Thursday is coming up quick so my advice would be to stick to the first approach I mentioned. Be sure and monitor through headphones. Good luck. You've got a hard job there.
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Old August 6th, 2013, 08:55 AM   #21
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Re: Need lots of help...maybe a sanity check?

Thanks Roger. Of course, I'm not going to go with the easiest option; at least not initially. I am pretty good at running audio. I've been a drummer most of my life and played in and recorded bands. Still have my own small studio though, it's been pretty much packed away for the last five years. Running a mixer is no big deal for me.

The challenge is that I have to lay it all into two channels mixed live to the final product while providing a live feed to the PA. I don't want the ambient going to the PA and I don't want the clinician's audio all sitting in one channel. Two solutions occur to me at the moment; neither a possibility. Canon should add the ability to pan the mic1 and mic2 signals across the mix in camera or I could bring a significantly larger studio mixing board with multiple assigns and busses. Of course there is the third option of mixing the sound at a later date but, I'm still not ready to concede on the same day turn-around.

I'll be testing on site today so we'll see what will work.

Bob
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Old August 11th, 2013, 11:22 PM   #22
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Re: Need lots of help...maybe a sanity check?

Well the shoot is over and the dust has cleared (most of it is in my equipment now), and I'm back to report on how it went.

Setup- I mounted the XA20 to a Manfrotto 701 head on a 555 50mm bowl leveling column in my old 3221 sticks. On a folding table I had a Samsung 21" HDMI monitor, my laptop with a external backup drive and a 10 channel Yamaha mixer. I connected the XA20 to the monitor via HDMI cable so I didn't have to look at the tiny display for eight hours straight each day. I ran the Sennheiser receiver into the mixer, added signifigant compression, low frequency cut, some modest eq, and panned equally to left and right channels. I then sent the signal to the XA20 XLR inputs as a line level signal and monitored via cans from the camera. I gave up on the additional mic for ambient sound due to wind and people talking. The feed to the PA ended up being a moot point because the clinician refused to wear the mic if the signal was being pumped out through speakers.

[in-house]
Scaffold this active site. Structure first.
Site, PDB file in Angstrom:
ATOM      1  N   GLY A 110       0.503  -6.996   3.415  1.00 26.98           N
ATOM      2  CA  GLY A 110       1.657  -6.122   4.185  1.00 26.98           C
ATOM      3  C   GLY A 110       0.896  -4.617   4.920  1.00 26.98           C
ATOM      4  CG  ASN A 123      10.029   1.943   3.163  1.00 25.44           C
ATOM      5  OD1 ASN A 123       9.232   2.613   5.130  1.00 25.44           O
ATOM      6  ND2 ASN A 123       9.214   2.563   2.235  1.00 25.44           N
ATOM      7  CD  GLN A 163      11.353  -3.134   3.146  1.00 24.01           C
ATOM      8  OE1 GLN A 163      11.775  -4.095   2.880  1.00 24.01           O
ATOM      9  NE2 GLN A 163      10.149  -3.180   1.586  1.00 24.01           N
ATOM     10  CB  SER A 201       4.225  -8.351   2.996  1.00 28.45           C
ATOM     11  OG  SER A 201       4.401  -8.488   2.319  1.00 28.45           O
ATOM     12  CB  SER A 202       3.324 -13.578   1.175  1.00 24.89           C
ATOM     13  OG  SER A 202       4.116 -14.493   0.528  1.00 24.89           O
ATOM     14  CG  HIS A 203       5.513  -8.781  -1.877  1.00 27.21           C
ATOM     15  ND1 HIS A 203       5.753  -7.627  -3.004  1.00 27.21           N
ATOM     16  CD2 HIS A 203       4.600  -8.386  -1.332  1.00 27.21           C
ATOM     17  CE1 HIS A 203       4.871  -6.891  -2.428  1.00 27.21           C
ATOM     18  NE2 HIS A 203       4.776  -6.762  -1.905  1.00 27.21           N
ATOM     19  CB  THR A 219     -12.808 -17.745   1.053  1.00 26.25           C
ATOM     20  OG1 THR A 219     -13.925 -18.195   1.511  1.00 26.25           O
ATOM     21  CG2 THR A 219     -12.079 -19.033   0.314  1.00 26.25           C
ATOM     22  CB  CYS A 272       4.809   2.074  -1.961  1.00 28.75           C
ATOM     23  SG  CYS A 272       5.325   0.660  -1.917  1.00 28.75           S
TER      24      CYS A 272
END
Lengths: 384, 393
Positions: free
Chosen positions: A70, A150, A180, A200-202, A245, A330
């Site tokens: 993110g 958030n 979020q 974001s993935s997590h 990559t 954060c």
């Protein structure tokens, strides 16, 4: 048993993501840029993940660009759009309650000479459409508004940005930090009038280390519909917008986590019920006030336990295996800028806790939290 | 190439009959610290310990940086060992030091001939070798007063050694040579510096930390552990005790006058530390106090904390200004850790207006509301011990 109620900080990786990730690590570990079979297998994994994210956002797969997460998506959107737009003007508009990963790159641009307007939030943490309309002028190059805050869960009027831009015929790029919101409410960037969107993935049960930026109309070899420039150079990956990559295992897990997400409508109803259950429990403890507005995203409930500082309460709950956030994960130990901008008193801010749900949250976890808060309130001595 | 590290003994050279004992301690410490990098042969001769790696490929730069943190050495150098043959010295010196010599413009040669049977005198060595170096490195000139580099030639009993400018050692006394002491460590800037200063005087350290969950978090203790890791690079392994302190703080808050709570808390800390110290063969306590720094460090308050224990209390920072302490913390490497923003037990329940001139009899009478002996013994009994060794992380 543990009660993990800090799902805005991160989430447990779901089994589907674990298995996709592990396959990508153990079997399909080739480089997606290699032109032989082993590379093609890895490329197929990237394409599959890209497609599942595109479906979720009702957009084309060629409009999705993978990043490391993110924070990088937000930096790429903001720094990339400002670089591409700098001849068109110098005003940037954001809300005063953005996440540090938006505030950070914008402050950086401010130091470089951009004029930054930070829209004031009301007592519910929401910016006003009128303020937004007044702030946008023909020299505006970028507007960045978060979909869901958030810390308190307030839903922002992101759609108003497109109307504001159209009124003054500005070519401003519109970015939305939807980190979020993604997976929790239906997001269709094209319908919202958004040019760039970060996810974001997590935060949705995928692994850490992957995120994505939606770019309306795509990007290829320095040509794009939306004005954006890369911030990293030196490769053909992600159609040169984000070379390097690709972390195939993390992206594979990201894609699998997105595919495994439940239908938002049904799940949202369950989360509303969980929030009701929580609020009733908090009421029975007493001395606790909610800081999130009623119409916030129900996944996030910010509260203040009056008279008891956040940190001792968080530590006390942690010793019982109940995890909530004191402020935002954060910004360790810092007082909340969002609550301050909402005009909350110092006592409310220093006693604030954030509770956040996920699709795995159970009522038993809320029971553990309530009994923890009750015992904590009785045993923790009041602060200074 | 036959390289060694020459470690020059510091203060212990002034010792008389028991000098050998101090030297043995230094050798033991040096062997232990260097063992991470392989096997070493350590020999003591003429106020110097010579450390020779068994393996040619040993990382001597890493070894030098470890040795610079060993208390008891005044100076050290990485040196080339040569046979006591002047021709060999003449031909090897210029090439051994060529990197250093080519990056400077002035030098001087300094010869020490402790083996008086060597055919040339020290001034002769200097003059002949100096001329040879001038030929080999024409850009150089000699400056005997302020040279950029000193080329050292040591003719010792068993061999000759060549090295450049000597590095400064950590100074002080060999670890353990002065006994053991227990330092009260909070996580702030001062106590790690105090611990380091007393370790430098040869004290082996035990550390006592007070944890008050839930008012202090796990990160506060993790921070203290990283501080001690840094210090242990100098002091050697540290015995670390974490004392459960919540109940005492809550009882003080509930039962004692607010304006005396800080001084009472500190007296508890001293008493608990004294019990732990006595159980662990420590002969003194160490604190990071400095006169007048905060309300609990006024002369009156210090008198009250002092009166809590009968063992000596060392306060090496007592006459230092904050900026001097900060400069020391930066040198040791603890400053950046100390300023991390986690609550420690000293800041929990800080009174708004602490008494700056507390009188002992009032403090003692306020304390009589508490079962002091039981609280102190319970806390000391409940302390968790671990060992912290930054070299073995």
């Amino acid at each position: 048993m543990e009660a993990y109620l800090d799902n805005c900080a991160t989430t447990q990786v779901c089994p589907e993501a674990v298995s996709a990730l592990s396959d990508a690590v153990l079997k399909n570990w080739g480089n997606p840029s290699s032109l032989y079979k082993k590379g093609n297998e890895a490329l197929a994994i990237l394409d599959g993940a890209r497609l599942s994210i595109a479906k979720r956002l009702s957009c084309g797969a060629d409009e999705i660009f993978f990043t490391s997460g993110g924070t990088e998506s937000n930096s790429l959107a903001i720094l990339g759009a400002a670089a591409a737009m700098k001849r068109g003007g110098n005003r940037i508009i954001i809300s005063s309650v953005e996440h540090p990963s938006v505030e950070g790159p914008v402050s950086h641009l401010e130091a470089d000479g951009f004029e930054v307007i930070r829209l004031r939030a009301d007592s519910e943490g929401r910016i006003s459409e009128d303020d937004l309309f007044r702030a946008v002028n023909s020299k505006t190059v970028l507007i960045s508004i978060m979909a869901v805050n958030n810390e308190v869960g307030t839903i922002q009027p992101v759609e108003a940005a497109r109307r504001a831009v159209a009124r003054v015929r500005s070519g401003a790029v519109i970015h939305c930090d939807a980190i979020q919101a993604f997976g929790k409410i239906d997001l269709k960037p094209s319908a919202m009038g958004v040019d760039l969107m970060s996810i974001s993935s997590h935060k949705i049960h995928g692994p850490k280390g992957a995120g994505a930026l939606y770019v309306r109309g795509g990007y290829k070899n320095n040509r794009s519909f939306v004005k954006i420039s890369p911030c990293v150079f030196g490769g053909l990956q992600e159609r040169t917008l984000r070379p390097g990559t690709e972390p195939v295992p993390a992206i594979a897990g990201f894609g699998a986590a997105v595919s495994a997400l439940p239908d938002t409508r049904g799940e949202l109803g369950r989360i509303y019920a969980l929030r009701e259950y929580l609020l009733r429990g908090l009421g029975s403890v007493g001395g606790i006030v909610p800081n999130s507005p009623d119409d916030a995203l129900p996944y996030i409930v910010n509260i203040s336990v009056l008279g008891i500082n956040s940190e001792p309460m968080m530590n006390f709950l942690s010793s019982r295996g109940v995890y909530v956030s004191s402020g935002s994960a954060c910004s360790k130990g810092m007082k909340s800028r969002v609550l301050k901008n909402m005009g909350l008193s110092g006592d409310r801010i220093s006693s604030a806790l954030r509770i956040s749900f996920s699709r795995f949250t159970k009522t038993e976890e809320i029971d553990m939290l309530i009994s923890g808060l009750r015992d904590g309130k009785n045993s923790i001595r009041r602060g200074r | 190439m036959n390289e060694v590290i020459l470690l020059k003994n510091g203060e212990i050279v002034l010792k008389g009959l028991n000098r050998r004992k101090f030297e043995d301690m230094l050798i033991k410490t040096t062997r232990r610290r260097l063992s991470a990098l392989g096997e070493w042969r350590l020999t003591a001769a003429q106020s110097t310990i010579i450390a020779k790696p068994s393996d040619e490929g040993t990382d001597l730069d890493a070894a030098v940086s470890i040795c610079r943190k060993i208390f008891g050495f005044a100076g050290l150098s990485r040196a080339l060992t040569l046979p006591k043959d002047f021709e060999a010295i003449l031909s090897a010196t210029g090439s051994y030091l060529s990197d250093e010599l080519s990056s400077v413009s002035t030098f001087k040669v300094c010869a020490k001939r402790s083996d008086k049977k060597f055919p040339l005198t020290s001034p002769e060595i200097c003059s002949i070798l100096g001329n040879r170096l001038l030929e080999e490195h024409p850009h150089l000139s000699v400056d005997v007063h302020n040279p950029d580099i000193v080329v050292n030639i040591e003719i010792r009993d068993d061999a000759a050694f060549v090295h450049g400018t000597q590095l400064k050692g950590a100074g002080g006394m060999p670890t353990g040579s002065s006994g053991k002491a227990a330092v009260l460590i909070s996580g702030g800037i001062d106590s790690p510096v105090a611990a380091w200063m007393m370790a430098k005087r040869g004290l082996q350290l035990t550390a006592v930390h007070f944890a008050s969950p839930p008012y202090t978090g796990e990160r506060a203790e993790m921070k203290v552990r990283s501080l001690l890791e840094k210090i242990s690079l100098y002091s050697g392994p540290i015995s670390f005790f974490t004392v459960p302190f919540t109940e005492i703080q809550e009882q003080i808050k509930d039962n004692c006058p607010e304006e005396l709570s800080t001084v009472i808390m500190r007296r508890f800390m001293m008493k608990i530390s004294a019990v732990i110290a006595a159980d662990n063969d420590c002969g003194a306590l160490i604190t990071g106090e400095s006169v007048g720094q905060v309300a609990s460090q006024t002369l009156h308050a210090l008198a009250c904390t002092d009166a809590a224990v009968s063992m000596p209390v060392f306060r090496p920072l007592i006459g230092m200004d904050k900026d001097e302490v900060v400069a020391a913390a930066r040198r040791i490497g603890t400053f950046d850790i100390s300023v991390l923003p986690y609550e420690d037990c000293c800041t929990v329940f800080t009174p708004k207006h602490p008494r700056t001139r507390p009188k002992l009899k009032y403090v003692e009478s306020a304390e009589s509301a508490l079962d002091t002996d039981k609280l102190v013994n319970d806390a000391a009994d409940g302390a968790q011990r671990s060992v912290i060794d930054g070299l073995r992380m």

Workflow- the clinician was brutal! He took no breaks which made it tricky to swap SD cards between rides. I just decided that the first thirty seconds of each ride wasn't that critical and went ahead with swapping cards after each rider finished. I setup my laptop to open bridge upon inserting an SD card and the data was saved to the laptops internal disc as well as the external. I rotated four class 10 cards which gave me enough time to verify all data before a card went back to the camera and got erased prior to hitting the record button. I used the handheld IR remote that came with the XA20 for all zooming and it actually did a decent job.

Settings- I tried various white balance and exposure settings during the first two days. In the end, full auto was the best option for recording 45 minutes of continuous footage of a horse moving around a covered but not enclosed 100'x200' arena. Conditions changed too frequently and quickly.

Authoring- Didn't happen on site. Absolutely impossible for me to do while filming a ride. I got a couple burned in the evenings but after getting up at 4:00 each morning and sitting out in 100+ degrees for eight hours, I wasn't real motivated when I got home. I will get the discs out during the week.

Lessons learned- Overall things went pretty well. Exhaustion from the heat was the biggest problem. I will buy a LANC remote since I need a more reliable solution than the IR unit. I need to figure out a good file renaming protocol to use in Bridge. The XA20 seems to start a new numbering sequence for each card which made things confusing when rotating cards. Right now, I have Bridge renaming the files with date and a sequential number. That's fine but, Bridge doesn't rename the backup copy it sends to a second drive.